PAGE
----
# 05 - PCCA and TPT analysis¶

In this notebook, we will cover how to use PCCA++ to extract a coarse representation of the MSM. We will further investigate how to use transition path theory (TPT) to follow the pathways of the processes. When we want to analyze pathways, models with fewer states are more often desirable, since these are easier to understand. PCCA++ allows us to assign the microstates directly to metastable macrostates and TPT uses this group assignment to compute fluxes and pathways.

Another method to get a model with fewer states are hidden Markov state models (HMM), introduced in Notebook 07 ➜ 📓. In contrast to computing memberships of microstates to meta stable sets as in PCCA++, in HMMs we directly obtain a model with fewer states.

While we will mostly rely on previously estimated/validated models, it will be helpful to understand the topics - data loading/visualization (Notebook 01 ➜ 📓) - dimension reduction (Notebook 02 ➜ 📓) - the estimation and validation process (Notebook 03 ➜ 📓)

Here you can find literature on the used methods: - roeblitz-weber-14 - weinan-06 - metzner-09

Maintainers: [@cwehmeyer](https://github.com/cwehmeyer), [@marscher](https://github.com/marscher), [@thempel](https://github.com/thempel), [@psolsson](https://github.com/psolsson)

Remember: - to run the currently highlighted cell, hold ⇧ Shift and press ⏎ Enter; - to get help for a specific function, place the cursor within the function’s brackets, hold ⇧ Shift, and press ⇥ Tab; - you can find the full documentation at PyEMMA.org.

⚠️ We have assigned the integer numbers $1 \dots $ nstates to PCCA++ metastable states. As PyEMMA is written in Python, it internally indexes states starting from $$0$$. In consequence, numbers in the code cells differ by $$-1$$ from the plot labels and markdown text.

[1]:

%matplotlib inline
import matplotlib.pyplot as plt
import matplotlib as mpl
import numpy as np
import mdshare
import pyemma

/storage/mi/marscher/software/miniconda3/conda-bld/pyemma-doc_1607519340854/_h_env_placehold_placehold_placehold_placehold_placehold_placehold_placehold_placehold_placehold_placehold_placehold_placehold_placehold_placehold_placehold_placehold_placehold_pl/lib/python3.9/site-packages/mdshare/repository.py:53: YAMLLoadWarning: calling yaml.load() without Loader=... is deprecated, as the default Loader is unsafe. Please read https://msg.pyyaml.org/load for full details.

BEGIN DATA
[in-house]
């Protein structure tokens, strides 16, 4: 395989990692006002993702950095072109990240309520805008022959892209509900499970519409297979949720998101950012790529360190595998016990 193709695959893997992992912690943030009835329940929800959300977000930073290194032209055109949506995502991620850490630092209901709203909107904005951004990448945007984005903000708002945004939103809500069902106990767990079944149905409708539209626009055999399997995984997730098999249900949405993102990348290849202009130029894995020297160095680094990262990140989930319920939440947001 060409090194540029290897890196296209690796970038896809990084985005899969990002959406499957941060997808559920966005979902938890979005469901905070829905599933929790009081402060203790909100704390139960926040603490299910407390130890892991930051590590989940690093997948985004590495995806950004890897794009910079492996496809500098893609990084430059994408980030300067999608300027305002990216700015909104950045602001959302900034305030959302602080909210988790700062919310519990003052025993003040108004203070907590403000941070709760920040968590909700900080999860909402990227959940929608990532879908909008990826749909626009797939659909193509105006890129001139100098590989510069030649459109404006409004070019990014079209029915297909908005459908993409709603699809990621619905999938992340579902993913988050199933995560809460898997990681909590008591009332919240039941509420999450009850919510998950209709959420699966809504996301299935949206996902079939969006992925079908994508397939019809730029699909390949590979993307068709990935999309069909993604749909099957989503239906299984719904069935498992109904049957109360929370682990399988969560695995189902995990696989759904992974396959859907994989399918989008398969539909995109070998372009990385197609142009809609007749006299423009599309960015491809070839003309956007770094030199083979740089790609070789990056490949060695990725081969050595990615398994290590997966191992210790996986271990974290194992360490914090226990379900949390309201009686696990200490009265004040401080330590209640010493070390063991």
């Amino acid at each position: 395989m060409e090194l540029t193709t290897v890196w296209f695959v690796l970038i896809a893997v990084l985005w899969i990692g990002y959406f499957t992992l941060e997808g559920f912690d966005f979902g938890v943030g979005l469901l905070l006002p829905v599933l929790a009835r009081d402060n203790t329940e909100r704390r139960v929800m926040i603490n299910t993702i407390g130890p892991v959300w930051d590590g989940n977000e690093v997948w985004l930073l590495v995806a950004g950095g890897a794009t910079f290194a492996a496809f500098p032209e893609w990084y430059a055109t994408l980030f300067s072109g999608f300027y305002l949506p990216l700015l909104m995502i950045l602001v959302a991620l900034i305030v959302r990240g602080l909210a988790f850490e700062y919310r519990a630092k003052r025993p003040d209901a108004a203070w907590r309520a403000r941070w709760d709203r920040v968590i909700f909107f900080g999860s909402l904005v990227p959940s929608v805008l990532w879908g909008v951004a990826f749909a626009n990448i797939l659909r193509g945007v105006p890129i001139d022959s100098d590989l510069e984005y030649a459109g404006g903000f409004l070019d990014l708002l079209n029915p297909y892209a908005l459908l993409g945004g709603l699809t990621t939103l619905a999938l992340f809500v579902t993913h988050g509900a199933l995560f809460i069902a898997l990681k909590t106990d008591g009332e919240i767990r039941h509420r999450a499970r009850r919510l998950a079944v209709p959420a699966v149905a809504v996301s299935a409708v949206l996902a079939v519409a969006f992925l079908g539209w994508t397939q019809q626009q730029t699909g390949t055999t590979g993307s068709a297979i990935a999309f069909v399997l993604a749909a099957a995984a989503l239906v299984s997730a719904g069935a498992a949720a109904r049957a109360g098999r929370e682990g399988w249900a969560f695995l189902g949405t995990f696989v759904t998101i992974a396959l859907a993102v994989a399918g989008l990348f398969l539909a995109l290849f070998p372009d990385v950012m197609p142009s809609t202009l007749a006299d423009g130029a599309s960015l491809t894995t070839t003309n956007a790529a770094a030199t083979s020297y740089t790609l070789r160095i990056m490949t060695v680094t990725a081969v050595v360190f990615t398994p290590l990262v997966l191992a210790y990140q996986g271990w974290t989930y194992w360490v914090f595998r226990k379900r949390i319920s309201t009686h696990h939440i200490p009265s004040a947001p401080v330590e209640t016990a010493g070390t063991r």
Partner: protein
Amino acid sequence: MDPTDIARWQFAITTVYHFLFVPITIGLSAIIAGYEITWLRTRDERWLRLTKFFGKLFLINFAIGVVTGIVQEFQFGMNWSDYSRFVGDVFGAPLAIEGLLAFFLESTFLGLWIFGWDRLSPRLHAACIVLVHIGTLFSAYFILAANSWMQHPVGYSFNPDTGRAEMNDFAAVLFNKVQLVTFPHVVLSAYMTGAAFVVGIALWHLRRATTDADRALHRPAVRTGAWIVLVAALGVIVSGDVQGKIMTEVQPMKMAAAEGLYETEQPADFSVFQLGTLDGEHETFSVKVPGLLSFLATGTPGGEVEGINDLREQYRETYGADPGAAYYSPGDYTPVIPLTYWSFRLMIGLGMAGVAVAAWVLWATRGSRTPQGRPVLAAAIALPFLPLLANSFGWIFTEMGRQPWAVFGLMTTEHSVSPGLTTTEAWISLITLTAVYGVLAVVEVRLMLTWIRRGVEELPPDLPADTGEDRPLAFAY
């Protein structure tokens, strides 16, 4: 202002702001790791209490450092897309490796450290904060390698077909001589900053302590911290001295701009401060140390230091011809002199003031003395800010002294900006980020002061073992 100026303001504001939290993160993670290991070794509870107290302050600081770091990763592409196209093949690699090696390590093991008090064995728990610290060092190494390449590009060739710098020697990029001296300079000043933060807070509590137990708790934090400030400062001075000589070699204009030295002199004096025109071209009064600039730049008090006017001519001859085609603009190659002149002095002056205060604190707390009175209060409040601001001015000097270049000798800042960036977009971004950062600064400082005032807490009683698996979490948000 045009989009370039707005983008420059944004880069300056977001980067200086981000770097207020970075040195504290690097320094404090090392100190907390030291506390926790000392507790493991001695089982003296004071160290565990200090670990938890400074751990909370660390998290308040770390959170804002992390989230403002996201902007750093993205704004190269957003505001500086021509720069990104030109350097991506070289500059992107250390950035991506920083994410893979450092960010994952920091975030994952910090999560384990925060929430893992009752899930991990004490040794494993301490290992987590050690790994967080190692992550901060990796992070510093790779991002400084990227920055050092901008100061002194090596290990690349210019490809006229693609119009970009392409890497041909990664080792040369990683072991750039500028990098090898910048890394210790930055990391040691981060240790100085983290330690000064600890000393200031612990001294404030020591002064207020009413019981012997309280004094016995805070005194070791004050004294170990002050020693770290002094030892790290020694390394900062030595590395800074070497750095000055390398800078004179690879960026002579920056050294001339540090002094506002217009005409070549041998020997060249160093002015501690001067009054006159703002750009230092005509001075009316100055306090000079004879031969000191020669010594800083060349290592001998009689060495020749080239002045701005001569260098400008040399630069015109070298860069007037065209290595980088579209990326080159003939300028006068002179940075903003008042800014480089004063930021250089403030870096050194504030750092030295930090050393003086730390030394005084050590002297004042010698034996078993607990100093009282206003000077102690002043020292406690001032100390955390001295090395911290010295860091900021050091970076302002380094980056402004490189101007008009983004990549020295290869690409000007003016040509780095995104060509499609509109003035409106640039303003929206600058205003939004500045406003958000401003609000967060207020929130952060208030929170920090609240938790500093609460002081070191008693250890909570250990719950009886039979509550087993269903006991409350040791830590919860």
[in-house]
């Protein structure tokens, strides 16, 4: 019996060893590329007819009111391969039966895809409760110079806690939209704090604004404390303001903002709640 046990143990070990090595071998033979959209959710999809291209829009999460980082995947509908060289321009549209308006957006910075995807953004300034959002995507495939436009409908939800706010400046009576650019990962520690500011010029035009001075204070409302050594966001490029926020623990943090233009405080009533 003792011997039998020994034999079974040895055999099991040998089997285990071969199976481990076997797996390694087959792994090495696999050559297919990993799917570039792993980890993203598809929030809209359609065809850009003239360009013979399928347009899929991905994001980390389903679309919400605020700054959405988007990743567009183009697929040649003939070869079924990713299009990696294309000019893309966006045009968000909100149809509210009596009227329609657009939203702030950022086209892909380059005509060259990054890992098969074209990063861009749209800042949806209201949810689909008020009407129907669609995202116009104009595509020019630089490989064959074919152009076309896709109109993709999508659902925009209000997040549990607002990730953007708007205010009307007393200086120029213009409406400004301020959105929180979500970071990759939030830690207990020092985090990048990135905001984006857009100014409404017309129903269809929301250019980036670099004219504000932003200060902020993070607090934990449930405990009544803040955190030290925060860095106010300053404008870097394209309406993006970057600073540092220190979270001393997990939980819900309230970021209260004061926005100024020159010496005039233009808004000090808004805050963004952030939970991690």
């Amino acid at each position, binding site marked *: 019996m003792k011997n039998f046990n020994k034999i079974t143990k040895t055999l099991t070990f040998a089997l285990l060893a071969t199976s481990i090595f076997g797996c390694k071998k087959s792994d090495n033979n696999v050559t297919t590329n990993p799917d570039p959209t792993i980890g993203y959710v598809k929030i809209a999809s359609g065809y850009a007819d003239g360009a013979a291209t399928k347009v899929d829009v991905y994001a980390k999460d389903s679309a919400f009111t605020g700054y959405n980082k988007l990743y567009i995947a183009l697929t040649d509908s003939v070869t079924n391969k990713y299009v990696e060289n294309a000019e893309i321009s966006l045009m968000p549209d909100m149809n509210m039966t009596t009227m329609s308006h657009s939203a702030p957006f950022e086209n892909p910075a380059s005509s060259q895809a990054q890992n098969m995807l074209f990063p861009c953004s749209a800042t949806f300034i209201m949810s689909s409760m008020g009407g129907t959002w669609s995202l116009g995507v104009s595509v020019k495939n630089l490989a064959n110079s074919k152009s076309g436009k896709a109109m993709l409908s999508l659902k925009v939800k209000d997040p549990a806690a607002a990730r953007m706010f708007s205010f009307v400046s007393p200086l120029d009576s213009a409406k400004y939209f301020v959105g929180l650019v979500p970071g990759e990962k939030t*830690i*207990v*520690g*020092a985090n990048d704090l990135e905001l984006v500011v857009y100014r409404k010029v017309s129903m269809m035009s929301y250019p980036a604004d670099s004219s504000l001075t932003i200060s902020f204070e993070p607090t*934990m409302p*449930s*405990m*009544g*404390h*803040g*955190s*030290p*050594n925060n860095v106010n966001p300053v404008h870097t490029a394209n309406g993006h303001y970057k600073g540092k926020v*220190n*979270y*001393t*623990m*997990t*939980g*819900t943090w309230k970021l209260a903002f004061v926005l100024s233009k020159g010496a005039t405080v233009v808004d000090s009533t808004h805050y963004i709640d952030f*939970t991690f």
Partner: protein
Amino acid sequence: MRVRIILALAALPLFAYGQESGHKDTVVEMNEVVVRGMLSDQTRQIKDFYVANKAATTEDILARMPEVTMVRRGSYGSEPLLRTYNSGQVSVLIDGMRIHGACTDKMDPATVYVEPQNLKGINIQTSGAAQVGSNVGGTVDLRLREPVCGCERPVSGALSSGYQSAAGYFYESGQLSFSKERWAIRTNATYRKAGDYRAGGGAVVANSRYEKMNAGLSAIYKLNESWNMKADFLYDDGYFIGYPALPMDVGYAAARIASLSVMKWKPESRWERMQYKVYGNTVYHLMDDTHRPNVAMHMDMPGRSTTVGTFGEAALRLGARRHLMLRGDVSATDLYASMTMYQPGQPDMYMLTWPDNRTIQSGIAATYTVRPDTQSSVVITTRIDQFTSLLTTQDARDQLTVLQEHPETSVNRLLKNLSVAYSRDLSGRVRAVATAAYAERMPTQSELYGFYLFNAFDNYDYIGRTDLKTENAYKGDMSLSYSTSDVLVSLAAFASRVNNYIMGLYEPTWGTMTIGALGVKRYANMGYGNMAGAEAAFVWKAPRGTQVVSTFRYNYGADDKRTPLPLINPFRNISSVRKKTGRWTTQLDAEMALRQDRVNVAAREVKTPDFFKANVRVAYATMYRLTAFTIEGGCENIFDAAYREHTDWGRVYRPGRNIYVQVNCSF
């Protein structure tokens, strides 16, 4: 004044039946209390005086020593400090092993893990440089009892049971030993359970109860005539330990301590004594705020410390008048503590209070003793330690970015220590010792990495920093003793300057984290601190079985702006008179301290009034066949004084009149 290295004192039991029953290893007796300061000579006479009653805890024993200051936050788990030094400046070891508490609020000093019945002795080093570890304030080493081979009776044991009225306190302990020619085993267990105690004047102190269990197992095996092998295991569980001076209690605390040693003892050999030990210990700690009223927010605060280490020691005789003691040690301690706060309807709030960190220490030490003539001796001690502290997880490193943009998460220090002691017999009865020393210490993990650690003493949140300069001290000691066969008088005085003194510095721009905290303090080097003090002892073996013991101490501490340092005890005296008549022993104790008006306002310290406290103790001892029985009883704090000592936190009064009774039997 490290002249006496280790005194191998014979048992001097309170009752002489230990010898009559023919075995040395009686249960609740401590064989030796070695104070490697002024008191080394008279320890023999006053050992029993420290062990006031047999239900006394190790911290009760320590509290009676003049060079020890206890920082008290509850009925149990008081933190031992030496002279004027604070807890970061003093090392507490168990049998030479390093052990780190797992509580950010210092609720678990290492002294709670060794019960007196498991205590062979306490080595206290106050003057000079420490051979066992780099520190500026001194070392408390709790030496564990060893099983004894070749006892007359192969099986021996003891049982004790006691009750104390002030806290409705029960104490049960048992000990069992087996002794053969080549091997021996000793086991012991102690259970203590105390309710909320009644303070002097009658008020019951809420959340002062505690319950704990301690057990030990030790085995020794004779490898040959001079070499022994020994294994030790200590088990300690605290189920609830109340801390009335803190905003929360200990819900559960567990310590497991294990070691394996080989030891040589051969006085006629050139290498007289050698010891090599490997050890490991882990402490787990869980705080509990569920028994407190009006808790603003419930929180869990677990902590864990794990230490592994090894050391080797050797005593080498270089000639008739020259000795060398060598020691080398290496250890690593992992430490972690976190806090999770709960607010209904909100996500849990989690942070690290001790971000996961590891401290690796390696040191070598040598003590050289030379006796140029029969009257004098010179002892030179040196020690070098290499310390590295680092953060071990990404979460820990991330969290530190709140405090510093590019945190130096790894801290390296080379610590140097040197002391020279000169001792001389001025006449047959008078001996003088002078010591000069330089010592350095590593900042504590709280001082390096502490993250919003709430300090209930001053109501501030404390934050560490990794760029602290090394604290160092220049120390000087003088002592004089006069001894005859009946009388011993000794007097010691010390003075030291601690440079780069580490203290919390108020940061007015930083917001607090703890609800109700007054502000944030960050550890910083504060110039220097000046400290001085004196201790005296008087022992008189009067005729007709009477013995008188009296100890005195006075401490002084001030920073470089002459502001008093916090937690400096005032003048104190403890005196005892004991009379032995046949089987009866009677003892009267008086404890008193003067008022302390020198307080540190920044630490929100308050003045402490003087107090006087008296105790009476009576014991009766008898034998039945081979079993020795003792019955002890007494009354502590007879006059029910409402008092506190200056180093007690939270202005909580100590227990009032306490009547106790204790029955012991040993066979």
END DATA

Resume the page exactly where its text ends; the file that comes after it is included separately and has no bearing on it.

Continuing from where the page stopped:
## Case 1: preprocessed, two-dimensional data (toy model)¶

We start by loading the data and the previously analyzed MSM (estimated in Notebook 04 ➜ 📓) from disk:

[2]:

file = mdshare.fetch('hmm-doublewell-2d-100k.npz', working_directory='data')
data = fh['trajectory']


---------------------------------------------------------------------------
OSError                                   Traceback (most recent call last)
3     data = fh['trajectory']
4
----> 5 msm = pyemma.load('nb4.pyemma', model_name='doublewell_msm')

15     from .serialization import SerializableMixIn
17
18

265         obj : the de-serialized object
266         """
--> 267         from .h5file import H5File
268         with H5File(file_name, model_name=model_name, mode='r') as f:
269             return f.model

/storage/mi/marscher/software/miniconda3/conda-bld/pyemma-doc_1607519340854/_h_env_placehold_placehold_placehold_placehold_placehold_placehold_placehold_placehold_placehold_placehold_placehold_placehold_placehold_placehold_placehold_placehold_placehold_pl/lib/python3.9/site-packages/pyemma/_base/serialization/h5file.py in <module>